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World J Urol. 2004 Feb;21(6):382-91. Epub 2003 Nov 26.

Occupational exposure and urological cancer.

Author information

1
Institute for Occupational Physiology at the University of Dortmund (IfADo), Ardeystr. 67, 44139 Dortmund, Germany. golka@ifado.de

Abstract

Occupational exposure is definitely a major cause of cancer. In the field of urology, the urinary bladder is the most important target. A classical cause of bladder cancer is exposure to carcinogenic aromatic amines, especially benzidine and beta-naphthylamine. Such exposures were related to work places in the chemical industry, implying production and processing of classical aromatic amines, and in the rubber industry. Occupational bladder cancer has also been observed in dyers, painters and hairdressers. Even some occupations with much lower exposures to carcinogenic aromatic amines, like coke oven workers or workers in the rubber industry after the ban on beta-naphthylamine, are at risk. In these occupations, exposure to complex mixtures of substances containing combustion products (e.g. polycyclic aromatic hydrocarbons) or nitrosamines is common. Renal cell cancer has been observed as an occupational disease in cases of very high exposure to trichloroethylene having led to narcotic or prenarcotic symptoms. Occupationally related cancers of the prostate or the testes appear currently not relevant.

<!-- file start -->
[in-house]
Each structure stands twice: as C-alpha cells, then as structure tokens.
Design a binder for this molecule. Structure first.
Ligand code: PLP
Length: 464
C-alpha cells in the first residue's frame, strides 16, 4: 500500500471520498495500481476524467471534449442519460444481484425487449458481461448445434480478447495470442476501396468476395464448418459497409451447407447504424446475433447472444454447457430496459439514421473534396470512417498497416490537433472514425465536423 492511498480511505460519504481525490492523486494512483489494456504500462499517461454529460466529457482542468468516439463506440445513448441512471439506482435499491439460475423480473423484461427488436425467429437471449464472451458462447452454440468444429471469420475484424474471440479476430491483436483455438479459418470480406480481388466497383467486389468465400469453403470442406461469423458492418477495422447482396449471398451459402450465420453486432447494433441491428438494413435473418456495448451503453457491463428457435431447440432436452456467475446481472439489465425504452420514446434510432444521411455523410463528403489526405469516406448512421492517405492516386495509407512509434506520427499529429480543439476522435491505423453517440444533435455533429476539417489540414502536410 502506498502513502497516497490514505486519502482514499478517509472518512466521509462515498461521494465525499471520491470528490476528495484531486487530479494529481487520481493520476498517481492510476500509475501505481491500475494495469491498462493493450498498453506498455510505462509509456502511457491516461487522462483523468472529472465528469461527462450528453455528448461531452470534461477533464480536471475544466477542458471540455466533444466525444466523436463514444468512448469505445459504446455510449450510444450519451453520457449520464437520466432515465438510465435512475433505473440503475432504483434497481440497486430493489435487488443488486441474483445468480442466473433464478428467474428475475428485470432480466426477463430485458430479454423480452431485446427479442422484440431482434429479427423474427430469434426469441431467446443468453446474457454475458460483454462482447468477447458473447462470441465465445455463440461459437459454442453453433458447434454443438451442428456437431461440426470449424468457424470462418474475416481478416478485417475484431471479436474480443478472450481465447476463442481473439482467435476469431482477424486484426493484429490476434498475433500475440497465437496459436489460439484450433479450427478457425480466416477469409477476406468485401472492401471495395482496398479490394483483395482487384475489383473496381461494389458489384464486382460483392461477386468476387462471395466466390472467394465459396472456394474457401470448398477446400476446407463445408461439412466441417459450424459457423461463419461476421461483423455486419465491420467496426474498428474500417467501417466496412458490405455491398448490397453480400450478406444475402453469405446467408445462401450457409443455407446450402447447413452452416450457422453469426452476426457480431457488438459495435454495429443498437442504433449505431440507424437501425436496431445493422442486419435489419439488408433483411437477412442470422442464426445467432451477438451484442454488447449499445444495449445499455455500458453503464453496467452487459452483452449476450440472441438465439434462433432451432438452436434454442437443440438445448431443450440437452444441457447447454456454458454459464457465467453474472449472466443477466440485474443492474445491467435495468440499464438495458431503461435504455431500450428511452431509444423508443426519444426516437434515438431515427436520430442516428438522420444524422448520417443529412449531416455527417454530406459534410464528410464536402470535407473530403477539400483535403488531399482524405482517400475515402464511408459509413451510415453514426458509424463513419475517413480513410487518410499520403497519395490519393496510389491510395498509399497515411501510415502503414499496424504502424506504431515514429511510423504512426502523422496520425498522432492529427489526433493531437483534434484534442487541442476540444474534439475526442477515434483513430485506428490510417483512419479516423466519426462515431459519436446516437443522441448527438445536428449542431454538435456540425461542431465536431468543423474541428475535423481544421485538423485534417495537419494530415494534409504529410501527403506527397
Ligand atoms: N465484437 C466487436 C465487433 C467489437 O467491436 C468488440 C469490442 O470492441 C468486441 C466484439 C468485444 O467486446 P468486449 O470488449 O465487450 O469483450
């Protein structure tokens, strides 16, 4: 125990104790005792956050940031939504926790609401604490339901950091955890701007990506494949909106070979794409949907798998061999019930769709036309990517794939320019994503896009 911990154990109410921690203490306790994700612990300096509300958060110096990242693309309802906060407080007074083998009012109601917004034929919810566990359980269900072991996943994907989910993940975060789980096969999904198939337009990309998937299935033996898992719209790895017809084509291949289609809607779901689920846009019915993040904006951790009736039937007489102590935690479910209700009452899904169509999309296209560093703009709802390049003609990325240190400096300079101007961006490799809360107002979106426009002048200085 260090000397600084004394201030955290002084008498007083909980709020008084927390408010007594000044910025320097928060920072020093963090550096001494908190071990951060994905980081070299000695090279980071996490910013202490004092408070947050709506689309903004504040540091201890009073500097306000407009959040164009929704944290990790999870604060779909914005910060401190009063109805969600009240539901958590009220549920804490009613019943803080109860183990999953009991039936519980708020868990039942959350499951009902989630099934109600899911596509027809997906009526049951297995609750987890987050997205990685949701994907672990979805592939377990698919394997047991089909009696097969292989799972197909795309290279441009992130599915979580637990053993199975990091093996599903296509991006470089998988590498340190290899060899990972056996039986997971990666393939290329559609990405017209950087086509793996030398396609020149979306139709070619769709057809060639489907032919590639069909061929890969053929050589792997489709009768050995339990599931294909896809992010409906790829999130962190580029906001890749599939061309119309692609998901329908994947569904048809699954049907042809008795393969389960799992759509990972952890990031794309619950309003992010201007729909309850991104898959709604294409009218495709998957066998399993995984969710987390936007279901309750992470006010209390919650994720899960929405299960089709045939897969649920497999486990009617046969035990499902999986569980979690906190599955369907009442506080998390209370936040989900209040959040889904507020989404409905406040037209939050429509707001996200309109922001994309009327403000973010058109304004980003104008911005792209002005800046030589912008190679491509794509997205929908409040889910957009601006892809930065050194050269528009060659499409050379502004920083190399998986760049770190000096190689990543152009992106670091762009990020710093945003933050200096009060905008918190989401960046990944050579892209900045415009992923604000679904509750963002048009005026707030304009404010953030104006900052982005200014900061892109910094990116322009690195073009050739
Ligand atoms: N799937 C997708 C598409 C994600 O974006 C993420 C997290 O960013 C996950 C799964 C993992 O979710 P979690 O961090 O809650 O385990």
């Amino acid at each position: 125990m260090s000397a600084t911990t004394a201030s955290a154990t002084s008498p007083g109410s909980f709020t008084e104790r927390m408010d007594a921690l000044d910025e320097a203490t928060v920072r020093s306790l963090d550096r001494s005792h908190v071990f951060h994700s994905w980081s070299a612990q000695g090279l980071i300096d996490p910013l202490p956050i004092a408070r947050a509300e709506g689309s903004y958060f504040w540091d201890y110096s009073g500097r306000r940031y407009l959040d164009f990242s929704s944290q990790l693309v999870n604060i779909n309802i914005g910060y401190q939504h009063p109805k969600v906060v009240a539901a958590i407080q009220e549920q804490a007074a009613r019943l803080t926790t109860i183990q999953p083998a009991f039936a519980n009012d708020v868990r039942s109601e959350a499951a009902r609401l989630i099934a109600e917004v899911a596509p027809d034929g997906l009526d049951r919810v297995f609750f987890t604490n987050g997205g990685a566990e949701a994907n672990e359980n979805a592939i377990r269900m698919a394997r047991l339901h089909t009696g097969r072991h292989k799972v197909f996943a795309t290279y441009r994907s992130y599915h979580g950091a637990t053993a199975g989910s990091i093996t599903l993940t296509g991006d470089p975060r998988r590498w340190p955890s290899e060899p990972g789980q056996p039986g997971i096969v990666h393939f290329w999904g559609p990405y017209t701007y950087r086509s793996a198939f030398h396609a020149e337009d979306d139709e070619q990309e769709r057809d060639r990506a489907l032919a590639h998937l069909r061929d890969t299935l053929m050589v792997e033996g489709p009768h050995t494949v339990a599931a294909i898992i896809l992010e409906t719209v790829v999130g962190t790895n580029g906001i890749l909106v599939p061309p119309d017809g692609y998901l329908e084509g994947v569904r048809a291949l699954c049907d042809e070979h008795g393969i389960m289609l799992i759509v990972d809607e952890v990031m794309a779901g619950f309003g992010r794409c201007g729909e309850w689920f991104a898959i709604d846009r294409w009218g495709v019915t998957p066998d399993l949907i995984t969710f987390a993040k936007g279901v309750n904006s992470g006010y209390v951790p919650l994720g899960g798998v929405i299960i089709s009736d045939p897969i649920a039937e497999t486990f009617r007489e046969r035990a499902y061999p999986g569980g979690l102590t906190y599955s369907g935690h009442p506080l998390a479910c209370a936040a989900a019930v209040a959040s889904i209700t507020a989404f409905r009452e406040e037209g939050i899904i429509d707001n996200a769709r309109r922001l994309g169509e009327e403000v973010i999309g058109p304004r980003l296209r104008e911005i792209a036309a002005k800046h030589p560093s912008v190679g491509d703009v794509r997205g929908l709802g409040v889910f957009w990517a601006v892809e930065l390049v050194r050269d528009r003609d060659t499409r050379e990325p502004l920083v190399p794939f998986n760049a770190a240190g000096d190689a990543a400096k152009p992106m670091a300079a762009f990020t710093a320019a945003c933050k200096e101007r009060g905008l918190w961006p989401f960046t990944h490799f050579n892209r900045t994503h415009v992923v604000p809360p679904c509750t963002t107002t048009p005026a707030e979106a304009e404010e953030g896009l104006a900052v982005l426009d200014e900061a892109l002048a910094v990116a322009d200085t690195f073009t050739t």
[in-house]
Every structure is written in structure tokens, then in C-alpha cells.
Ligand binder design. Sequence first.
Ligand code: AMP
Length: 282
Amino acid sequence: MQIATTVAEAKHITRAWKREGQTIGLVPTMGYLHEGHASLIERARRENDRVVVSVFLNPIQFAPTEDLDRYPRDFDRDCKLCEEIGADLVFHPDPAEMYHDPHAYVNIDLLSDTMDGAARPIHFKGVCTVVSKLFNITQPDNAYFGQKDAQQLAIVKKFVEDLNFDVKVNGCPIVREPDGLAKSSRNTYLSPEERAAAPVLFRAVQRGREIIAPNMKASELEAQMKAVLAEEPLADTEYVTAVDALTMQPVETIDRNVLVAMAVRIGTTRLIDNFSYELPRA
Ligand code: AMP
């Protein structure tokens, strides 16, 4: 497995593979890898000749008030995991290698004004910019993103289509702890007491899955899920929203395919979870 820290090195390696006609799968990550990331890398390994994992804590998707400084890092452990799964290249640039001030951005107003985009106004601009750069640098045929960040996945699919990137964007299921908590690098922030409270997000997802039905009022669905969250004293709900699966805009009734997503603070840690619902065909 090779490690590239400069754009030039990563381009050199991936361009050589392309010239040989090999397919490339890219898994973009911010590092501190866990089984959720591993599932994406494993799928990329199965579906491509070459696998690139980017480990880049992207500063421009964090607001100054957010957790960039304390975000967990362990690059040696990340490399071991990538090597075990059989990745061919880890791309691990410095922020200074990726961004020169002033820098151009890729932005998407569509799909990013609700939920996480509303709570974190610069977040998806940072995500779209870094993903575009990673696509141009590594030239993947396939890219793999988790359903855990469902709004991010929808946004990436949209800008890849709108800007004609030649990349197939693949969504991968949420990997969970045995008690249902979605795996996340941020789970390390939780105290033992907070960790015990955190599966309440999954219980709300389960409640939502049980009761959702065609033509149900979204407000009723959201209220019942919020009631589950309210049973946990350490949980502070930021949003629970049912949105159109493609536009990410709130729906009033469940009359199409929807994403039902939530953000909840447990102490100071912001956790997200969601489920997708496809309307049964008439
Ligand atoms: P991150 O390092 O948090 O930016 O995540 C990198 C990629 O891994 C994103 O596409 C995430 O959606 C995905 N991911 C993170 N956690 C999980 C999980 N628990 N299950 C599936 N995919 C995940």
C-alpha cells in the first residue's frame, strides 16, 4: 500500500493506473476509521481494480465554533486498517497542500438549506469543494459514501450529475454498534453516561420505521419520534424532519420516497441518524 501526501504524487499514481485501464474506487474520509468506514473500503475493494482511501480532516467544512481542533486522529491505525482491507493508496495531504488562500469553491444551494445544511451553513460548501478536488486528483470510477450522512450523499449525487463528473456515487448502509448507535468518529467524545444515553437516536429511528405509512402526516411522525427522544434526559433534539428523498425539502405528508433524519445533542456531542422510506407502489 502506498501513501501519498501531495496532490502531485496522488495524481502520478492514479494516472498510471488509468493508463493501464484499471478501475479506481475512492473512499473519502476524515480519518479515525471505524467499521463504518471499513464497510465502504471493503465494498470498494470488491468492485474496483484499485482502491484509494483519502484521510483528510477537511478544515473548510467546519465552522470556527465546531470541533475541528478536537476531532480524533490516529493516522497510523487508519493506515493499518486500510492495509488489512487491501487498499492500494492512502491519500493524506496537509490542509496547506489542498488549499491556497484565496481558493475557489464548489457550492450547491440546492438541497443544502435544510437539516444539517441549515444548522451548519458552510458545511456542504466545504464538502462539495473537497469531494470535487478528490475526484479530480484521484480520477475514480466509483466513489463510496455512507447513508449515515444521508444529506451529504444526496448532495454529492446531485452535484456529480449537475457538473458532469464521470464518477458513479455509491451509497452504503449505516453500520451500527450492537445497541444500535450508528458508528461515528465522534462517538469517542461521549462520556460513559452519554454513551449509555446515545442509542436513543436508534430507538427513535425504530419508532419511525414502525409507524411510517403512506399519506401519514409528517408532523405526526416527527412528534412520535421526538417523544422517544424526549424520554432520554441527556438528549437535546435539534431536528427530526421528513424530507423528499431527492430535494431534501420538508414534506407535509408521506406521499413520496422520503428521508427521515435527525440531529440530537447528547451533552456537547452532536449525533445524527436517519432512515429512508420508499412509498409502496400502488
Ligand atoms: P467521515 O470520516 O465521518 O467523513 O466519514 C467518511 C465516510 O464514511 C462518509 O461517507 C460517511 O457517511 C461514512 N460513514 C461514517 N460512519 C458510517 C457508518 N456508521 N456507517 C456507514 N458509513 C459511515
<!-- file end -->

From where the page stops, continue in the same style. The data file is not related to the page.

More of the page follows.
PMID:
14648102
DOI:
10.1007/s00345-003-0377-5
[Indexed for MEDLINE]

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